“4 the Love of Film” Spring Lecture Series
Film scholar Ariel Rogers lectures on special effects in the golden age of Hollywood cinema
Princeton University’s Lewis Center for the Arts, Council of the Humanities, and Film Studies Committee will conclude a series of four lectures on film studies with a talk given by film scholar Ariel Rogers on “Special Effects and the Apparatus in Hollywood Cinema of the 1930s-1940s” on Thursday, April 17 at 4:30 p.m. in the James M. Stewart ’32 Theater at 185 Nassau Street. The lecture is free and open to the public.
Ariel Rogers is Assistant Professor of Film Studies at the University of Southern Maine. Her research focuses on the relationship between the forms cinema takes, including issues of style and technology, and the types of experience these forms offer viewers. This interest extends to cinema’s confrontation with new media, as well as to the modes of spatiality and embodiment cinema has elicited historically. Rogers is the author of Cinematic Appeals: The Experience of New Movie Technologies (Columbia University Press, 2013), and she has published articles on cinematic technologies and spectatorship in Cinema Journal and Film History.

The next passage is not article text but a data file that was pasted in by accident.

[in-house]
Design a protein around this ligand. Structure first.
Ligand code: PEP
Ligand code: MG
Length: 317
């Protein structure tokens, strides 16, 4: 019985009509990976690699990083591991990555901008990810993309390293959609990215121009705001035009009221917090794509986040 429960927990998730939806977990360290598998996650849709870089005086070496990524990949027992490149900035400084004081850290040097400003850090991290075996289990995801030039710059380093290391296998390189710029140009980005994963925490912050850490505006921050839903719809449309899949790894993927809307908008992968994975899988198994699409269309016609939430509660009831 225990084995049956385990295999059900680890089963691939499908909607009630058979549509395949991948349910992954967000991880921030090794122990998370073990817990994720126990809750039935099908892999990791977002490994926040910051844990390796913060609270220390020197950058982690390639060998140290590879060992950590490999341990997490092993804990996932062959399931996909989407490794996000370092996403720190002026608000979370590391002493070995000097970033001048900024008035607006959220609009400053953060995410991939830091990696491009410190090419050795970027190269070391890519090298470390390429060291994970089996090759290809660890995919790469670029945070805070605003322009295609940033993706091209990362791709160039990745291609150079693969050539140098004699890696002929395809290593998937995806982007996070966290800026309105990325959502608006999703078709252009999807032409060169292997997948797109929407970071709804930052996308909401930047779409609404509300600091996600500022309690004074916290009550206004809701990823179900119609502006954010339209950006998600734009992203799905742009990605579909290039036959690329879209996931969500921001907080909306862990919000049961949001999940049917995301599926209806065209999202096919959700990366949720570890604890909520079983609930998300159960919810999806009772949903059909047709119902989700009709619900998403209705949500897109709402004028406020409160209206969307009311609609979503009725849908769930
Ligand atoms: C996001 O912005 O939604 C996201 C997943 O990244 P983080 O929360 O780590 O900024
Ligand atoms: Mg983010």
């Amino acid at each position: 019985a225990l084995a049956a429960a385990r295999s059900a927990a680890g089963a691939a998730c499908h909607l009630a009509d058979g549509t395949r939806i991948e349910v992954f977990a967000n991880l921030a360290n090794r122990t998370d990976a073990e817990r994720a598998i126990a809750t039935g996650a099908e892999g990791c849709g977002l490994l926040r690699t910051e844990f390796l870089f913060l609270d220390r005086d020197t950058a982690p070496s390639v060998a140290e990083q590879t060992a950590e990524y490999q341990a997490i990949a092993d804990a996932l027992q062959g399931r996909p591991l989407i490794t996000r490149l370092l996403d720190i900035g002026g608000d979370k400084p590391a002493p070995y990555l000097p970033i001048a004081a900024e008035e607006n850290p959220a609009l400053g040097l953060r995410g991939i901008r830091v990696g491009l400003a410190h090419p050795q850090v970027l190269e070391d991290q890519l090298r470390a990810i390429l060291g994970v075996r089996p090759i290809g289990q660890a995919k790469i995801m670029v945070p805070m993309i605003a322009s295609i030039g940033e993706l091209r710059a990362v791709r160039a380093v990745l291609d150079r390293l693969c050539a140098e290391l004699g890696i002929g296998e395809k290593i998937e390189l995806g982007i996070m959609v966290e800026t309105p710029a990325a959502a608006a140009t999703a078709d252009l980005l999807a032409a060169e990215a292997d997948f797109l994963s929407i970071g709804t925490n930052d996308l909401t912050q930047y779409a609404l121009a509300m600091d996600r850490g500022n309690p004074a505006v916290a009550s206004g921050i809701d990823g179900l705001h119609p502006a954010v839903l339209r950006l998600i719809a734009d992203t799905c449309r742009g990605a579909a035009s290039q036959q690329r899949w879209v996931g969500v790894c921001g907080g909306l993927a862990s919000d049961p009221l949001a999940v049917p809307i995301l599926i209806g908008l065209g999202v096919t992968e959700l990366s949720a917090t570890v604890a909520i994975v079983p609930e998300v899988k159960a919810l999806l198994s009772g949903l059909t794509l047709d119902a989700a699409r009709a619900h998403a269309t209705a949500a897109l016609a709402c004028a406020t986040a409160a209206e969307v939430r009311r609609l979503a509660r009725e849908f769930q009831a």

Hollywood’s “golden age” is not usually associated with special effects. But effects—including the established use of miniatures, model animation, and matte painting, as well as new techniques utilizing traveling mattes, rear projection, and optical printing—played a crucial role in studio production during this period. The development and application of these effects were intimately bound up with the numerous other techniques and technologies popularized concurrently, from widescreen projection to deep-focus cinematography, as well as with related practices, especially the embrace of indoor production associated with the adoption of sync sound. Rogers’ lecture will explore these resonances, paying particular attention to the dialogue among effects techniques, film style, and material components of the apparatus. She will address the contemporary challenge to cinema posed by new digital media by parsing the material heterogeneity of the apparatus at a time when it may appear to have been particularly unified.
Link to photo: https://lca.sharefile.com/d/s4eeb325b0214fa79
Photo caption: At Princeton on April 17, Assistant Professor of Film Studies at the University of Southern Maine Ariel Rogers will lecture about special effects used in the golden age of Hollywood cinema
Photo credit: Photo courtesy Ariel Rogers
Thursday, April 17, 2014
James M. Stewart ’32 Theater
Lewis Center for the Arts at 185 Nassau Street
Free and open to the public